“We’re always taught in life ‘work hard and you can achieve the things you want.’ Whereas fertility is the complete opposite of that. It’s like ‘Yeah, cool – do whatever you want. Maybe it’ll work, maybe it won’t, and we won’t know if what you did was the reason it worked and we won’t know if it’s the reason you failed, and you might not ever have a baby. Sorry.’”
Trying to conceive in your early 40s adds another entire level to this, she says. “When you get to the age that I am, where time really is down to the final grains of sand, there is a ‘never’ hovering, that could be attached to any sentence anyone says about your fertility.”
And yet, here she is. Very pregnant, looking fully in bloom the way expectant mothers do: glowing skin, rosy cheeks, a baby bump wrapped up in a jumper. The first IVF transfer she and Arun did, the one she writes about in the book, didn’t work. The second one did. The day of that transfer, she says there was an air of magic to the entire experience. “Everything was right, it was Diwali – the festival of lights, and my husband is Indian. We were there in the weekend and the clinic was so quiet and my favourite Lionel Ritchie song came on when the transfer happened… I didn’t feel any anxiety, I just felt real peace.”
Michelle describes herself as an anxious person and it’s fair to say the last few years haven’t been easy; from her beloved dad dying, through to trying to go through fertility treatment during a global pandemic. But as devastating as her dad’s death was, she says it ‘fast tracked’ some lessons she needed to learn, having come from a job that’s as image-focused as acting can be, particularly when it comes to the expectations placed on women. “I just had this startling clarity, watching his body decline, about what a healthy, living body is,” she says. “And how so many of the aspirations of my youth, and so many of the pressures of the culture, are to look the opposite of it. To look the way my dad looked while he was dying. I just went, ‘this is so disgusting, this is perverse… I’ve had enough.’ I found so many of the thoughts I’d had when I was younger just treasonous. I was quite angry – and I’m so grateful for that. It’s such a gift from my dad that I would never have expected; of all the things you think you could learn from death.”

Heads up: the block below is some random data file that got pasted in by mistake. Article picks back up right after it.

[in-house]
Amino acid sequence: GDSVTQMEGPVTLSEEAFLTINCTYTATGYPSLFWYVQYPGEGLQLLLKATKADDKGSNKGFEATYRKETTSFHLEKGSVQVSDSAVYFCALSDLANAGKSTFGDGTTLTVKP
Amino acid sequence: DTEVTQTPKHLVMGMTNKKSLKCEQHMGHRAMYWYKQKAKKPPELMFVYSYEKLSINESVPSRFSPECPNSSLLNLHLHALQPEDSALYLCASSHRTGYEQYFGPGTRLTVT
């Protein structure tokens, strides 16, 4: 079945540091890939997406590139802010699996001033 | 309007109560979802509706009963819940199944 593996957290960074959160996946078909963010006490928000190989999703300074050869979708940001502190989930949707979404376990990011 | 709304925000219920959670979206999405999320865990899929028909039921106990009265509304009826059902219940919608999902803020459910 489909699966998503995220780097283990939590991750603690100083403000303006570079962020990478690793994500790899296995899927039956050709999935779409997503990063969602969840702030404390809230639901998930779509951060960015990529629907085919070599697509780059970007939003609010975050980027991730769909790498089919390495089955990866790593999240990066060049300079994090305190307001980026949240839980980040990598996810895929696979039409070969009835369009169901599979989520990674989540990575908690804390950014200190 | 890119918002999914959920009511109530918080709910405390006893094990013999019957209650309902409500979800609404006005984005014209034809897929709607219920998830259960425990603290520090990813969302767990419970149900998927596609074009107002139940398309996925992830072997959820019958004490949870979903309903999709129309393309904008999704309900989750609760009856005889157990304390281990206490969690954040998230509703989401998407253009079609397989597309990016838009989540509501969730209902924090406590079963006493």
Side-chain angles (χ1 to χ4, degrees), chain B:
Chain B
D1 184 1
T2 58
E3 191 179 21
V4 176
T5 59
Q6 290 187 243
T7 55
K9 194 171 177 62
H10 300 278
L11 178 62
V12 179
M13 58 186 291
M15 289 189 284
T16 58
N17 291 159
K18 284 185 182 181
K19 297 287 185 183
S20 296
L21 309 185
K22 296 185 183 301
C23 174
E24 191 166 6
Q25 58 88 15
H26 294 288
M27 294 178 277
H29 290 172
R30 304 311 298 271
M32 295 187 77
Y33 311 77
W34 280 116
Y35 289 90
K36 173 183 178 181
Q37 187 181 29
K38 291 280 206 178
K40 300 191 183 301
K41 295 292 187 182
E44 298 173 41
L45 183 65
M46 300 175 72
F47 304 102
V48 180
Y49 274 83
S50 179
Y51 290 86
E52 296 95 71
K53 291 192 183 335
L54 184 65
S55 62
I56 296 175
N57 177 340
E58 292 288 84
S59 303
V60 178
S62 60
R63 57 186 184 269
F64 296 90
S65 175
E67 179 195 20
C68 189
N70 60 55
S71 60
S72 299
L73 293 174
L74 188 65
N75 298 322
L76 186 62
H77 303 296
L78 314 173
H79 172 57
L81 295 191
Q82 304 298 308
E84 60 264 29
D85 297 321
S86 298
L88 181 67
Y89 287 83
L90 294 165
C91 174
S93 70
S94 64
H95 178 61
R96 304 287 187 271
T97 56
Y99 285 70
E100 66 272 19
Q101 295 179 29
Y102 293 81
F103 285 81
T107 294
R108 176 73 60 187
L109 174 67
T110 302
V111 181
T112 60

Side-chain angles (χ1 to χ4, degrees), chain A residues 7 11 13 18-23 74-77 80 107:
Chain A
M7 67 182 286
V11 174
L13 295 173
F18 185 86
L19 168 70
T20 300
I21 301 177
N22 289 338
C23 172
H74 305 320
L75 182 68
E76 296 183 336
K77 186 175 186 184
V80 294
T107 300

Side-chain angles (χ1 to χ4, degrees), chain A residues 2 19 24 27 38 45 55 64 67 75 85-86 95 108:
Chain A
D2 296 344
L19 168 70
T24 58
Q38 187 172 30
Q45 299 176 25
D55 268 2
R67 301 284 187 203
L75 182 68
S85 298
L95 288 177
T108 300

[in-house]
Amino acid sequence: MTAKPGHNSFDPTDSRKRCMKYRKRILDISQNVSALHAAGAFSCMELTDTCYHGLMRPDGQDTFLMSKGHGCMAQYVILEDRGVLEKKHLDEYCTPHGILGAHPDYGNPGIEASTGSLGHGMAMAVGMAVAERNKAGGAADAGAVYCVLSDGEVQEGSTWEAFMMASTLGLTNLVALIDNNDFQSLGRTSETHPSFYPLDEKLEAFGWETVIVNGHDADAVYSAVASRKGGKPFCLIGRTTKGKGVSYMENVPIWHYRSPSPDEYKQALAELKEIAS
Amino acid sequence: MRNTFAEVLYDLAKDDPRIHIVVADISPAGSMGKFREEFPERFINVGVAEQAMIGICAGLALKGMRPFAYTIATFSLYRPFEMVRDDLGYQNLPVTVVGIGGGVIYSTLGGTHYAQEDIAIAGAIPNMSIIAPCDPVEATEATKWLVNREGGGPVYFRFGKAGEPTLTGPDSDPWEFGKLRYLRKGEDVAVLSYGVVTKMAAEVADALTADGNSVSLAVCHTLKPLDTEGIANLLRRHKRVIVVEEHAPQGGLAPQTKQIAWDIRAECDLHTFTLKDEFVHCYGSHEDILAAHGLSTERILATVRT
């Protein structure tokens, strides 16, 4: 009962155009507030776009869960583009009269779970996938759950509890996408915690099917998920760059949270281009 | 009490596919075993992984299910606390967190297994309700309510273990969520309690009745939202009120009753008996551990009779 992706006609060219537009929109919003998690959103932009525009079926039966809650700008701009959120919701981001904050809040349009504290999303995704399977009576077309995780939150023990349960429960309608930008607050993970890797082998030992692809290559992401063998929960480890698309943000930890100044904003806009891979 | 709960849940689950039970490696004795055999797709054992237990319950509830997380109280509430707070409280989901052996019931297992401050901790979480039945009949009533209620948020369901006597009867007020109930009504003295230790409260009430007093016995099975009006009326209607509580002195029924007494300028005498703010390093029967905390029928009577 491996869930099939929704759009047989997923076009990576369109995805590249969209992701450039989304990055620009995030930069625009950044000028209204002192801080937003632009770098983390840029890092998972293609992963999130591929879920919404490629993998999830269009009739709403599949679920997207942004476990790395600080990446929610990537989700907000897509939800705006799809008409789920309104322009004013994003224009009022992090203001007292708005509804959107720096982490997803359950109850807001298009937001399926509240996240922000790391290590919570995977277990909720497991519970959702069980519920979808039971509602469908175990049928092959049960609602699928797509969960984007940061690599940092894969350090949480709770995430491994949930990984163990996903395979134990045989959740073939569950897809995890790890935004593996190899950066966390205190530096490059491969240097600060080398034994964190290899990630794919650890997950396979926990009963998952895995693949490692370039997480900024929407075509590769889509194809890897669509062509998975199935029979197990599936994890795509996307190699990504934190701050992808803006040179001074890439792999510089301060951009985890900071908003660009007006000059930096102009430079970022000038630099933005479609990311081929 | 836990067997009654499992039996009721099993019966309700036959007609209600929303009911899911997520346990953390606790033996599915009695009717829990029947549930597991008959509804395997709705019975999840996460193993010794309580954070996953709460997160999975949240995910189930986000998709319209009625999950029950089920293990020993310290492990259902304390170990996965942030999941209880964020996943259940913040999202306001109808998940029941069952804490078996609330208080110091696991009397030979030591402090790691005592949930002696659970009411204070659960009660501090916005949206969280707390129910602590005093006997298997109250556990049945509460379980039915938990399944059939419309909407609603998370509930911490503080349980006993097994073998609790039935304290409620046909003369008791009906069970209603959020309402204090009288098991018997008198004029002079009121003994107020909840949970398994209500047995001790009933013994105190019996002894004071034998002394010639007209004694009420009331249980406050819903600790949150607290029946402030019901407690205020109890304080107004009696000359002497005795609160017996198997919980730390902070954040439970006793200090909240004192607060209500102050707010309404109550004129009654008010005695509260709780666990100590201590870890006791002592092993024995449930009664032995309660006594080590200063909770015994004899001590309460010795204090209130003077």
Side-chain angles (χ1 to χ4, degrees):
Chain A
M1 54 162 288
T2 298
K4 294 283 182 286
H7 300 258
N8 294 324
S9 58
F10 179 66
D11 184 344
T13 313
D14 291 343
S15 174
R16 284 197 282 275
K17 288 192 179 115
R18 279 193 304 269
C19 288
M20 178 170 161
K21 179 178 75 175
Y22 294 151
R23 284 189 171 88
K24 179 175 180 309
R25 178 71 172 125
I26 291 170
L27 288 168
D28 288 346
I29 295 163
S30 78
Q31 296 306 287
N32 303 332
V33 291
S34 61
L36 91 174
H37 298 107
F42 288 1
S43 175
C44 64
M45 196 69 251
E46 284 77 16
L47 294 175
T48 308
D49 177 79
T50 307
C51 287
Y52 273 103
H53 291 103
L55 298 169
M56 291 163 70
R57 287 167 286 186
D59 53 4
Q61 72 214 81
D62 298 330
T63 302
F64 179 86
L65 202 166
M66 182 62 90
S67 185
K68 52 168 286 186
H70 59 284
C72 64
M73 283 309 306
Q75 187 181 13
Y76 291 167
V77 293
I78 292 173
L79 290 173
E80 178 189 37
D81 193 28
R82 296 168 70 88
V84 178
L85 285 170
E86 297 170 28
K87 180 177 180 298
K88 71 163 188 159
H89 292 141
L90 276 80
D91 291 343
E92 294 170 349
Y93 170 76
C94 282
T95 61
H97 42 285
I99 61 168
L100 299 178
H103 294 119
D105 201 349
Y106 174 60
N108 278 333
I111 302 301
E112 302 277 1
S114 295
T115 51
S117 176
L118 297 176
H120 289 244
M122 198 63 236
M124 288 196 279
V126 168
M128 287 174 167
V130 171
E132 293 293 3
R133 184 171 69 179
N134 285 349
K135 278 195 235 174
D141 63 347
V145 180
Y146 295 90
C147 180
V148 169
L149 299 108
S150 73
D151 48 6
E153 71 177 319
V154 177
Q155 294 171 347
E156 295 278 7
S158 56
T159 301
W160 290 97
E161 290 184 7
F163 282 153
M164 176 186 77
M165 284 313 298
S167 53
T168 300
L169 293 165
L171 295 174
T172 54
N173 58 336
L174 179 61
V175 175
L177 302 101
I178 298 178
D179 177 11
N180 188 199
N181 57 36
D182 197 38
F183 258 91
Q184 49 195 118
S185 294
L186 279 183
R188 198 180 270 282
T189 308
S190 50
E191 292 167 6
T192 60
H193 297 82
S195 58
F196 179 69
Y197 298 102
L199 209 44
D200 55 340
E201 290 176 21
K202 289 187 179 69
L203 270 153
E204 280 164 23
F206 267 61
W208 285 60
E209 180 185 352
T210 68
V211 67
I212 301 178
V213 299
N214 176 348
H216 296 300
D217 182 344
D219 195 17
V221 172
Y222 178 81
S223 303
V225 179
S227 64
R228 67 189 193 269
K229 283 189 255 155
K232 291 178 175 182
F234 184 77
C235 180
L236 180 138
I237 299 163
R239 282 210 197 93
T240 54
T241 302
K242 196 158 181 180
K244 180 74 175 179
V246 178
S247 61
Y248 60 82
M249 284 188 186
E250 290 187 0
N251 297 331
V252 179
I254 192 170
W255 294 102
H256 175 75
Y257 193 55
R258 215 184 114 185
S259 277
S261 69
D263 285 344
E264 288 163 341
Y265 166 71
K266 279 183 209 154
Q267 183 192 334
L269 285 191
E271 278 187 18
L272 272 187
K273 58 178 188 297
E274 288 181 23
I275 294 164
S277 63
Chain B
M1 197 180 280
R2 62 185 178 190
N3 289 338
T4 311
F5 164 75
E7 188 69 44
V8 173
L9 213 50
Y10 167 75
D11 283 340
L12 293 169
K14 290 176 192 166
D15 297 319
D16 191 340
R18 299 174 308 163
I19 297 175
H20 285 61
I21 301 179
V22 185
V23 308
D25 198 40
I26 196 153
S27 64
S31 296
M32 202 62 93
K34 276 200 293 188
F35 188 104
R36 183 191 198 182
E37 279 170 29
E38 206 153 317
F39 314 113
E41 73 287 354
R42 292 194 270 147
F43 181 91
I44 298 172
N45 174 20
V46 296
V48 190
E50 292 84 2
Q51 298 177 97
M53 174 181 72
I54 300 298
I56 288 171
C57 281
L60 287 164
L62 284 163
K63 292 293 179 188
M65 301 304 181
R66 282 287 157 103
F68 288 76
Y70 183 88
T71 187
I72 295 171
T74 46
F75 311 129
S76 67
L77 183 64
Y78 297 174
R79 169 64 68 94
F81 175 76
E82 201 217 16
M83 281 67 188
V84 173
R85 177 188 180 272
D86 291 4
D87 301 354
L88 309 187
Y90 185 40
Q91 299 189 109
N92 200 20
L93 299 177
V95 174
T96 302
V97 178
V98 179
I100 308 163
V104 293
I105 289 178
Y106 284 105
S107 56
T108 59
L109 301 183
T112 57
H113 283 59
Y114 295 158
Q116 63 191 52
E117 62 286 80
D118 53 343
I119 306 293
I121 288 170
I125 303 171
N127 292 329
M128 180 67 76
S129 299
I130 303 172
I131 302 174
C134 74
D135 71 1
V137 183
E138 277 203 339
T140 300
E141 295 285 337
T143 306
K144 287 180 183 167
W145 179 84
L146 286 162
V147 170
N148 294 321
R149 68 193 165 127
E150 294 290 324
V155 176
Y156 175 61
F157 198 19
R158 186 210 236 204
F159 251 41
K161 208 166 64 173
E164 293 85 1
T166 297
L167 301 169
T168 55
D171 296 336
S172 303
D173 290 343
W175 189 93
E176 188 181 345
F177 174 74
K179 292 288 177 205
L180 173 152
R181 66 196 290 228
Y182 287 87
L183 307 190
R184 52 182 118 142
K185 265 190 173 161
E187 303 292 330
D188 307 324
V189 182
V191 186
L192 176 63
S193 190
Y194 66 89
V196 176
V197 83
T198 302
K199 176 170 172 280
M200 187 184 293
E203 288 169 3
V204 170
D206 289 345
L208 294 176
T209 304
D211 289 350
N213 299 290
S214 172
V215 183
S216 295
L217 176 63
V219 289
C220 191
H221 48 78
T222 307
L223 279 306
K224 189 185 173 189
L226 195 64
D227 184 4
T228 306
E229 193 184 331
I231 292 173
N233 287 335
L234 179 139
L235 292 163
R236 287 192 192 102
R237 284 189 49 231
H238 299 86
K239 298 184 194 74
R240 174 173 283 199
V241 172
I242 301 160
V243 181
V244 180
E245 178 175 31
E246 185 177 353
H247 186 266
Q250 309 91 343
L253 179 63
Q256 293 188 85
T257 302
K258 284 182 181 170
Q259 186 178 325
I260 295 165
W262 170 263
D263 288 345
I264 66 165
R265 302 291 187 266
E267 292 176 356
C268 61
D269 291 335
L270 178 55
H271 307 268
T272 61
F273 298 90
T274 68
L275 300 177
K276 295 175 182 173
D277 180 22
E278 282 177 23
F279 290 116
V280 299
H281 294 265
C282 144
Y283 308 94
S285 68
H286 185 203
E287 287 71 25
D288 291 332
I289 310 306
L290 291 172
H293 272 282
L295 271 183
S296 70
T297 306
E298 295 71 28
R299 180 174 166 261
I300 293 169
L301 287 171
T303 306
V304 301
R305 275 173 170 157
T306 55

For all of the intense content in the book, it’s an absolute joy to read – beautifully written, deeply personal and well-paced. It also has the twisted honour of being one of the first books I’d read that featured Covid-19 and it feels both bizarre and fascinating to read about such recent history. The essay ‘Where I walk’ covers Michelle’s daily treks up Maungawhau (Mt Eden) in an attempt to outwalk the strangeness of our autumn spent in lockdown last year. “It was the only writing I did during those days, the only other thing I was doing was reading things on the internet about why I wasn’t having a baby,” she laughs dryly. “I wrote a lot of it at 5 o’clock in the morning, at the kitchen table with coffee, and some mornings I would just write from the bed with the cat, see what the day was like, go for a walk, come back and keep going.”
“I found it quite a peaceful time… I always found it beneficial; in a way because the whole world had to slow down with me and I really felt the sense of connectivity and community within people; people caring for each other. Despite what was raging on around the world, I felt very soothed by seeing the beauty of people wanting to look after each other.”
Times Like These: On Grief, Hope and Remarkable Love is available at all good book stores